This 30 second long exposure shot captured things our eyes couldn't. We could only feel the great rush of wind when a train hurtled past. Here we can see the air has actually been sucked out of this side refuge. The atmosphere has been shattered with the light rays pulled apart.
You could feel this vortex effect a good minute before the train hurtled past.
The reason for the strong vortexes in this tunnel are caused by part of the second single bore tunnel being sealed up for experimentation during the late 60 early 70s. They did this to test the effects of two trains passing in a long tunnel.This was to do with the channel tunnel that was abandoned in 1974. Some of the vents and cross passages were sealed up to aid this experiment.
This wind and Vortex pressure is known as the 'Piston effect' The piston effect means that uniform airflows are caused by the motion of trains in a tunnel. There are two processes the moving train give the momentum to the air in the tunnel, one is friction and the other is the collision.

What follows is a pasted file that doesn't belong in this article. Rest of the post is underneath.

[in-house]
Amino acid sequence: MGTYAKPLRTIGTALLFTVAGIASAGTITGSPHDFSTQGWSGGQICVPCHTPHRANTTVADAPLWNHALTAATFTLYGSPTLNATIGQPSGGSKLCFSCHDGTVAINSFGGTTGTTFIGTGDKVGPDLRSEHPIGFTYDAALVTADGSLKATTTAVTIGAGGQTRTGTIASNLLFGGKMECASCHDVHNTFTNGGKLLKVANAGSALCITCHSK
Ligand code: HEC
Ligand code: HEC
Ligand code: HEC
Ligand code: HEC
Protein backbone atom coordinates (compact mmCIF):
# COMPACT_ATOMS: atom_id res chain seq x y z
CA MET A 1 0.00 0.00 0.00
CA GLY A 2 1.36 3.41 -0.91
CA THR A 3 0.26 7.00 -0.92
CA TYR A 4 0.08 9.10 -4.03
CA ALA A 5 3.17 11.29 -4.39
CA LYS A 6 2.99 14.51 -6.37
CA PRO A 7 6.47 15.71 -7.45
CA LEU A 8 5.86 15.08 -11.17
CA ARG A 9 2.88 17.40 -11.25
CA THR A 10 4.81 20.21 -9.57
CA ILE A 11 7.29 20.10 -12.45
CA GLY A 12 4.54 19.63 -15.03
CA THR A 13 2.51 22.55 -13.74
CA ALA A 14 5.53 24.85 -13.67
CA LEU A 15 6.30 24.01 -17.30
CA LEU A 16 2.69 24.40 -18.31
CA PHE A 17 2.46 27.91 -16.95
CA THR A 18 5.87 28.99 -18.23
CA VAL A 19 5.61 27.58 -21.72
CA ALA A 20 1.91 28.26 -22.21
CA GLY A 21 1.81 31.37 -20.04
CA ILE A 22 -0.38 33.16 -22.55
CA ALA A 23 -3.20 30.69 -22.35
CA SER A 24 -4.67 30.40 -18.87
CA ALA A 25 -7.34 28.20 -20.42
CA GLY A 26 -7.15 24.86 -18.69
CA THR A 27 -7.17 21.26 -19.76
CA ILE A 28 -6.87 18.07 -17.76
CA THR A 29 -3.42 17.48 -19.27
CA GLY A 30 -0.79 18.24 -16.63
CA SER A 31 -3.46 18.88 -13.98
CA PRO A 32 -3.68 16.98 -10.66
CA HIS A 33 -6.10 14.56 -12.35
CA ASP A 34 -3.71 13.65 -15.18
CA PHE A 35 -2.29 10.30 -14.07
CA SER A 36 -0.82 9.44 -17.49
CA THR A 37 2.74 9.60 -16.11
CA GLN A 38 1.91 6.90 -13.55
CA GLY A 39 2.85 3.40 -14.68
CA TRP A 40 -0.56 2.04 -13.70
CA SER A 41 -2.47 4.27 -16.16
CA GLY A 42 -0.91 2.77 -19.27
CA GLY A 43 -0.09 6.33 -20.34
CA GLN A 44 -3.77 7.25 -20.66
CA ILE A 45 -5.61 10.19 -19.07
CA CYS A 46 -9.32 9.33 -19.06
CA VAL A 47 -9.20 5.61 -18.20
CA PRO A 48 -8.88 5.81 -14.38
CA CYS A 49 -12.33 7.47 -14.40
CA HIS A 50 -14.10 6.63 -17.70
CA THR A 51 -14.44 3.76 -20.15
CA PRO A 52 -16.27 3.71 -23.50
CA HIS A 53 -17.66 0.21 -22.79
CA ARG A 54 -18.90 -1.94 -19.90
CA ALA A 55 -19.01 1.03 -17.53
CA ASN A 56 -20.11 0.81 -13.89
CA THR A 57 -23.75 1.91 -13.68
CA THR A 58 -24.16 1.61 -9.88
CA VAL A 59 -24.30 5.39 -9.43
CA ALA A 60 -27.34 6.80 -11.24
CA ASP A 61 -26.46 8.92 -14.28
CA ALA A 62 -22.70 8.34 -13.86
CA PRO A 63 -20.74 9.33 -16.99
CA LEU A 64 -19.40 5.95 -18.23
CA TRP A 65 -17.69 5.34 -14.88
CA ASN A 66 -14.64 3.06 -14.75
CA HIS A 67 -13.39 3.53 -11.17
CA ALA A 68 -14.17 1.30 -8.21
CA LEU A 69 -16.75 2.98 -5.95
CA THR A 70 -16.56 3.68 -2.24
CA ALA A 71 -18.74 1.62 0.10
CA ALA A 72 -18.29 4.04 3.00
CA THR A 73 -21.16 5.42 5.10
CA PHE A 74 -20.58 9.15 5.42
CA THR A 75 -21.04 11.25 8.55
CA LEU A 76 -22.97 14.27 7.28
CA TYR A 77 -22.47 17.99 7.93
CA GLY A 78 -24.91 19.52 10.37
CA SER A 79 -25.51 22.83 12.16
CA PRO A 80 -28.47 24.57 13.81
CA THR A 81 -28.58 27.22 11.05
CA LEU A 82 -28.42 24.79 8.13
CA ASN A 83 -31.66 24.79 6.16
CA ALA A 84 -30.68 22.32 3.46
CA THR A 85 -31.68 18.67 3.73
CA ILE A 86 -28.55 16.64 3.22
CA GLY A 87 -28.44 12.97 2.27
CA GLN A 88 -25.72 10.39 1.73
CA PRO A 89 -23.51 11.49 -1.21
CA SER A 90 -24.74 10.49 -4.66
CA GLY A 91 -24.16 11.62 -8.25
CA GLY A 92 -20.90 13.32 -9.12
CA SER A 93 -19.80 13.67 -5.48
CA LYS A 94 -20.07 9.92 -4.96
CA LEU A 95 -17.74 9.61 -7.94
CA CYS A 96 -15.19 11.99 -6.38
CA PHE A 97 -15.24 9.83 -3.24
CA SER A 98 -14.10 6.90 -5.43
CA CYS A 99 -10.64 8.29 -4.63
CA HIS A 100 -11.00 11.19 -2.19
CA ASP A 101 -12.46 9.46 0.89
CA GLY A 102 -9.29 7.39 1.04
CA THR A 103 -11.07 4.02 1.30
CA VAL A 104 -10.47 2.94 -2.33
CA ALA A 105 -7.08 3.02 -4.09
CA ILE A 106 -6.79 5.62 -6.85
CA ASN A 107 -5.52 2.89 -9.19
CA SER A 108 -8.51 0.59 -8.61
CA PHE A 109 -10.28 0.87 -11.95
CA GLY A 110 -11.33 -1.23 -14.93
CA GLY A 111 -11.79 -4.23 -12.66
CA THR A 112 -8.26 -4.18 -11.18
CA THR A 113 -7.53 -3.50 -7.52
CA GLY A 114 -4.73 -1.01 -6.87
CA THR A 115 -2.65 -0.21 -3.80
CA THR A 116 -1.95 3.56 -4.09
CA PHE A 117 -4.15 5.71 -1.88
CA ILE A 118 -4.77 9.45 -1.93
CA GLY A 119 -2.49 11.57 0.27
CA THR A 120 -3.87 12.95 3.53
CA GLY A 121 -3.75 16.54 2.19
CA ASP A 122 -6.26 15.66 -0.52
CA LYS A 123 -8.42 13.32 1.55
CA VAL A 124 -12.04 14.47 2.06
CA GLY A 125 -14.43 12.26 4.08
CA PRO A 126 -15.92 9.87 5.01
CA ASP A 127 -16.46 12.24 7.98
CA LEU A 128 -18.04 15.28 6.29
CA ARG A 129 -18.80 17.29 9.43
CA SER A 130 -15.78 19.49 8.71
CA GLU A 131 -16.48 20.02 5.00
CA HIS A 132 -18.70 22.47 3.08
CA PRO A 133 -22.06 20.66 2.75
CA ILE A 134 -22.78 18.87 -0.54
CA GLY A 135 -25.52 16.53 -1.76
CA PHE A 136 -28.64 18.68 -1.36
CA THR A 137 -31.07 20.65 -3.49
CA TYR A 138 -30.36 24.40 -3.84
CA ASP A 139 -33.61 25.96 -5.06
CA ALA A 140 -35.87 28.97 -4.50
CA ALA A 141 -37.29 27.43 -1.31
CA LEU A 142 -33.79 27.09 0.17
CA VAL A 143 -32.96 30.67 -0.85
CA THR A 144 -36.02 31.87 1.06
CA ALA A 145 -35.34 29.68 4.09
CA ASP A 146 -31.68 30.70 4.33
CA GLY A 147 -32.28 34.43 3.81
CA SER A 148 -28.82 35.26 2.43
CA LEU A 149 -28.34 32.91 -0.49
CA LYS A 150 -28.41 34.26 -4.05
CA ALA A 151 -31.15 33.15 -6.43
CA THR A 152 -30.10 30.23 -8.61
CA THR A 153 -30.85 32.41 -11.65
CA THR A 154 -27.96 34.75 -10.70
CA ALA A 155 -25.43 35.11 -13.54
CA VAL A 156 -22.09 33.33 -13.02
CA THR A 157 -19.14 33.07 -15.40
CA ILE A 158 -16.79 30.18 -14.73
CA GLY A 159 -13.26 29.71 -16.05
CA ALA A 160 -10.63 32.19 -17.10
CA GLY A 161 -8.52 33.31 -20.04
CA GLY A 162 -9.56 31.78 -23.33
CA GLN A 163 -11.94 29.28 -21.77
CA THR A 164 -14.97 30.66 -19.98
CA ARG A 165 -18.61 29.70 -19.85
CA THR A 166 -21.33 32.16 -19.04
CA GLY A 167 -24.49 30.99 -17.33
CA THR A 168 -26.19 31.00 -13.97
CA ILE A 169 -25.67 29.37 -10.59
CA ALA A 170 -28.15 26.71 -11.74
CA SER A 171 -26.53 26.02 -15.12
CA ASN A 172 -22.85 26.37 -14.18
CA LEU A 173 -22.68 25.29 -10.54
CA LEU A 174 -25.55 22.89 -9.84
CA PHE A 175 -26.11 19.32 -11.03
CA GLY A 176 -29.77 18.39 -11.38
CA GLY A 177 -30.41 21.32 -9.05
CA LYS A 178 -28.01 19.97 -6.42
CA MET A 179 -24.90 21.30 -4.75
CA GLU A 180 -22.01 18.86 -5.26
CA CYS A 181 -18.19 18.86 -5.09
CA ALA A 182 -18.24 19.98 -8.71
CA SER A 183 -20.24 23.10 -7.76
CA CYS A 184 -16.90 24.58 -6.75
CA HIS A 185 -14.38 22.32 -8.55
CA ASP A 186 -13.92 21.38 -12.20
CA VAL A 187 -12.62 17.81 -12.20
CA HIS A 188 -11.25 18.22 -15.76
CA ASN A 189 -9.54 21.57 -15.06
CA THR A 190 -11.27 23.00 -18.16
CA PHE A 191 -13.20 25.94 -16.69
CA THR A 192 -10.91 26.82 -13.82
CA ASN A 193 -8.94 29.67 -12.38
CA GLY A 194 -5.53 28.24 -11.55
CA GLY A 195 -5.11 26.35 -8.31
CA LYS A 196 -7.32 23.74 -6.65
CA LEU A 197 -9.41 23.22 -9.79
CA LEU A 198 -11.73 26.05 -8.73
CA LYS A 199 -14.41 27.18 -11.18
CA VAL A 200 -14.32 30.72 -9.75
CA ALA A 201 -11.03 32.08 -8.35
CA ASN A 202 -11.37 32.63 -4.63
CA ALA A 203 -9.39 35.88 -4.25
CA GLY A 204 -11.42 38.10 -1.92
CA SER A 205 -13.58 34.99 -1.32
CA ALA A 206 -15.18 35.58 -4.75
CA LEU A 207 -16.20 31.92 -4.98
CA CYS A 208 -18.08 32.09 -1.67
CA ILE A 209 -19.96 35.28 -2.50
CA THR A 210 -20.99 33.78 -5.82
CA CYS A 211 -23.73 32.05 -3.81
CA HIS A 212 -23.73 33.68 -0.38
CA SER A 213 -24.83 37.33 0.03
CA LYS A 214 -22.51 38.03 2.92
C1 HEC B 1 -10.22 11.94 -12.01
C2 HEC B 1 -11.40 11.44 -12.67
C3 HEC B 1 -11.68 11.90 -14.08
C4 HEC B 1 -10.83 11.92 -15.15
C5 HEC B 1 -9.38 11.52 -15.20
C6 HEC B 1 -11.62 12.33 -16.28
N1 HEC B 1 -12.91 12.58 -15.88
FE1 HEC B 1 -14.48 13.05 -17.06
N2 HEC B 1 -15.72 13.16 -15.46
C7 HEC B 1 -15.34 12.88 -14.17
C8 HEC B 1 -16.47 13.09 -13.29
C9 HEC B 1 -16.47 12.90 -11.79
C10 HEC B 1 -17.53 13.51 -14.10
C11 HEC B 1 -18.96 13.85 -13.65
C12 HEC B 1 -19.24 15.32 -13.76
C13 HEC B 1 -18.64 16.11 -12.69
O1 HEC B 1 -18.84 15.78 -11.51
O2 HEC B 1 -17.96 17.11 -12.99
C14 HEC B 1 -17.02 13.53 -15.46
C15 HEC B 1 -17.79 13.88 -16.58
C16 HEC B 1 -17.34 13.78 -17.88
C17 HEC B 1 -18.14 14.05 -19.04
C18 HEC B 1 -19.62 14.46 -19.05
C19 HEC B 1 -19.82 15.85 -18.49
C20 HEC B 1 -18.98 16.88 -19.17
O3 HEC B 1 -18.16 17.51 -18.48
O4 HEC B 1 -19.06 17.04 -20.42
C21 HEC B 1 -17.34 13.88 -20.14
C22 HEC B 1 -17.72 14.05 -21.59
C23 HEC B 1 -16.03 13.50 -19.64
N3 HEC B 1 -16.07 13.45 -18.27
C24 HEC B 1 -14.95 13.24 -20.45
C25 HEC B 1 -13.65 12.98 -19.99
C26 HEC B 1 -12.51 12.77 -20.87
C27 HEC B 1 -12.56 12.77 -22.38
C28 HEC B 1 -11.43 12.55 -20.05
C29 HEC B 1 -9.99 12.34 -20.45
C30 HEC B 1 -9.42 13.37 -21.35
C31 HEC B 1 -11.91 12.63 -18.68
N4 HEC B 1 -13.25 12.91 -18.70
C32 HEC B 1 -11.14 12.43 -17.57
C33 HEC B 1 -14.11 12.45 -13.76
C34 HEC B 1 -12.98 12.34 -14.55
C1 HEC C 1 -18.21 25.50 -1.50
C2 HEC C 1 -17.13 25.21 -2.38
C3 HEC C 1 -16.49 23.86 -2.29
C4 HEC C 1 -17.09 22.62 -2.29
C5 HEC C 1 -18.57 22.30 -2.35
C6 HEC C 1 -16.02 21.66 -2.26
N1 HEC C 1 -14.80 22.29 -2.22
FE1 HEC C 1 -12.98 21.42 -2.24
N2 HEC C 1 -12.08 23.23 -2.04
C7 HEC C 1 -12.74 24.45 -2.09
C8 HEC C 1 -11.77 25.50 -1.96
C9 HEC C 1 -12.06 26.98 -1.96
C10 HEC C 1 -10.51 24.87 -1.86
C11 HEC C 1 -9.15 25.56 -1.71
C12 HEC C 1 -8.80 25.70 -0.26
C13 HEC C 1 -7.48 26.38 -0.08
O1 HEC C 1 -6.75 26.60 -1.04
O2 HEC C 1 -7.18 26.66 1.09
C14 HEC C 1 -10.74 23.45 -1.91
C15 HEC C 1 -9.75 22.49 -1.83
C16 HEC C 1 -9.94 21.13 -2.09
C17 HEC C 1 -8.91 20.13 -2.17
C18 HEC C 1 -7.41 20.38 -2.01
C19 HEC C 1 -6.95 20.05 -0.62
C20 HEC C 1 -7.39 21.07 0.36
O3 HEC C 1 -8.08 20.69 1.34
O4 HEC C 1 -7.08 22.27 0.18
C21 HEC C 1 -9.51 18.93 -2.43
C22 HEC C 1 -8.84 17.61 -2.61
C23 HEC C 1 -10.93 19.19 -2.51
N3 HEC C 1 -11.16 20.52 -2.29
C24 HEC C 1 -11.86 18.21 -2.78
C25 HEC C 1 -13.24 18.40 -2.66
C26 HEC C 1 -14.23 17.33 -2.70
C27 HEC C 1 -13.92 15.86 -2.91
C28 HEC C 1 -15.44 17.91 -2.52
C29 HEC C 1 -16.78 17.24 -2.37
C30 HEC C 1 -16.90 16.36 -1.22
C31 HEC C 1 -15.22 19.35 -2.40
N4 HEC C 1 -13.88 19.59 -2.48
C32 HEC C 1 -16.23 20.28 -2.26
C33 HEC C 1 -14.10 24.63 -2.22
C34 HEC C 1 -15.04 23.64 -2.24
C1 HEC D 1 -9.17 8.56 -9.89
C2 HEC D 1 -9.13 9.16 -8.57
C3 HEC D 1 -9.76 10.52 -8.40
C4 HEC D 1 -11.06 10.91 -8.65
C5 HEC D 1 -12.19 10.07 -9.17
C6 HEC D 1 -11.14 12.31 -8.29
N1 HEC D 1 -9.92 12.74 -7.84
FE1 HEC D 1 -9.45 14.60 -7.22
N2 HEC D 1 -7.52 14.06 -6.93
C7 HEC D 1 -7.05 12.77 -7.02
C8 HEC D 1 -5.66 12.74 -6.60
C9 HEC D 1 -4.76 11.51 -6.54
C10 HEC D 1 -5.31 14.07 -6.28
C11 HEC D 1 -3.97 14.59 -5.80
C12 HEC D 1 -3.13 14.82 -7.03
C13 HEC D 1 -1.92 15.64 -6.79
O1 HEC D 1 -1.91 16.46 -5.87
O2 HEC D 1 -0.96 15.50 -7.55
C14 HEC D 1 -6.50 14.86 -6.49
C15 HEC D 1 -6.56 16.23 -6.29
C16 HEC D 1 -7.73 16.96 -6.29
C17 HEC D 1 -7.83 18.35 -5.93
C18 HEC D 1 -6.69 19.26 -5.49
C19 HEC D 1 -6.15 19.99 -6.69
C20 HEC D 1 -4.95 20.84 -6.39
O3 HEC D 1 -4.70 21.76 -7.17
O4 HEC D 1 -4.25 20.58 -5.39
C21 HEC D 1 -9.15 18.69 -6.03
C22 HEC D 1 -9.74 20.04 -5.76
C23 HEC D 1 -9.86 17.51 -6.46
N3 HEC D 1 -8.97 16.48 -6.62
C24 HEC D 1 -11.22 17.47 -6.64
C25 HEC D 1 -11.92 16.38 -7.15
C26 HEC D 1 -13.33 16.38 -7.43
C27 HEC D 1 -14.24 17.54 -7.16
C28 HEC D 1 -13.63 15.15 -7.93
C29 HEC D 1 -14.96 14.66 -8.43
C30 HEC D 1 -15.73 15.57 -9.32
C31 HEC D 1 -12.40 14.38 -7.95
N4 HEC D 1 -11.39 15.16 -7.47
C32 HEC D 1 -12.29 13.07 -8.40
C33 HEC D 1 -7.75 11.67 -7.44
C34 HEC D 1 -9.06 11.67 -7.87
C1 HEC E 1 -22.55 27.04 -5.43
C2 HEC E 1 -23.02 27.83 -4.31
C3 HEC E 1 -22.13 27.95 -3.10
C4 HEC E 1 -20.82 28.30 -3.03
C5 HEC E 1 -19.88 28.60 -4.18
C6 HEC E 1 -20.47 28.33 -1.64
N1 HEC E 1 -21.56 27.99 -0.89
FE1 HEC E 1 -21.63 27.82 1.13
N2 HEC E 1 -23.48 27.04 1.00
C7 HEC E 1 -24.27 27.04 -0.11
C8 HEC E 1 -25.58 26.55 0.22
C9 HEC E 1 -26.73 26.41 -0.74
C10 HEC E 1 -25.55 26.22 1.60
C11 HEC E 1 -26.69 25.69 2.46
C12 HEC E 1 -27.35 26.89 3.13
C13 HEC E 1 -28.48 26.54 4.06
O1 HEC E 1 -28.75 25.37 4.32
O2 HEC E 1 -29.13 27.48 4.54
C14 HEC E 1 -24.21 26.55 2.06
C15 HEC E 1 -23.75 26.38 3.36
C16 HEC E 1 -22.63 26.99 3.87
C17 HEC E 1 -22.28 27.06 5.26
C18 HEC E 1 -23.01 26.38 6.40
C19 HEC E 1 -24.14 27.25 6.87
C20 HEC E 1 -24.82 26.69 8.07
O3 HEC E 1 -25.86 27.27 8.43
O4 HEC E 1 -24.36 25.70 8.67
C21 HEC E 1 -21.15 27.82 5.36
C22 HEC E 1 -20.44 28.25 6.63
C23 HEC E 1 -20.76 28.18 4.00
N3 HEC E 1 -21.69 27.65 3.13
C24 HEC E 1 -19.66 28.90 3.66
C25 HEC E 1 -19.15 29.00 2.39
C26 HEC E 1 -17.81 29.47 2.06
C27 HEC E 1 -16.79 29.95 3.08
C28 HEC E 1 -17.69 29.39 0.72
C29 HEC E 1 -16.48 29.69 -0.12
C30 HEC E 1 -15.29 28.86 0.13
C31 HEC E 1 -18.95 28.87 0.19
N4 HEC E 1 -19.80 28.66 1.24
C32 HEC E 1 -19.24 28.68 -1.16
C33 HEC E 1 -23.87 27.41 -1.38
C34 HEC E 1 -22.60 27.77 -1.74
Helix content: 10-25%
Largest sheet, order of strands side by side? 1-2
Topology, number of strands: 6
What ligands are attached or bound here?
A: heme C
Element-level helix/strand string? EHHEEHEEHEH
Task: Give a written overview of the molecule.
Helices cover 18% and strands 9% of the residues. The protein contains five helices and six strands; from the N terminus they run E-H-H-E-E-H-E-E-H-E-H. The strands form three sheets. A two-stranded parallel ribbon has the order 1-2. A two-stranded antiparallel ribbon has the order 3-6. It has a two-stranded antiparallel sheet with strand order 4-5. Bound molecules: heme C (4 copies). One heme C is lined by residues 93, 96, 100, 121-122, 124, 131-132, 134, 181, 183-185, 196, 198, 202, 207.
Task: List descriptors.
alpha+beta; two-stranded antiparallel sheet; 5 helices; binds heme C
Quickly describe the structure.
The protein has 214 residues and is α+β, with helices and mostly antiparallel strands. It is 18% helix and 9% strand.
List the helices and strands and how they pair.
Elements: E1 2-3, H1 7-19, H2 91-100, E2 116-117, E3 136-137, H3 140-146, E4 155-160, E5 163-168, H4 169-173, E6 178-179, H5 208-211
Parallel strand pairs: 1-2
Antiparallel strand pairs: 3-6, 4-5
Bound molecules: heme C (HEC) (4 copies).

Air in a tunnel is confined by the tunnel walls, hence the movement of air is restricted. In the open air a vehicle travels along, air is being pushed and can move in any directions except into the ground. Air cannot escape inside a tunnel. The air is forced along the tunnel instead. Suction is created to allow the air to flow along the tunnel.
*To see the full 'Subterranea Standedge - A trip back in time' story click here Link
All three internal rail and canal tunnels are included.
There are over 12 miles of tunnels, all connected by side passages and adits*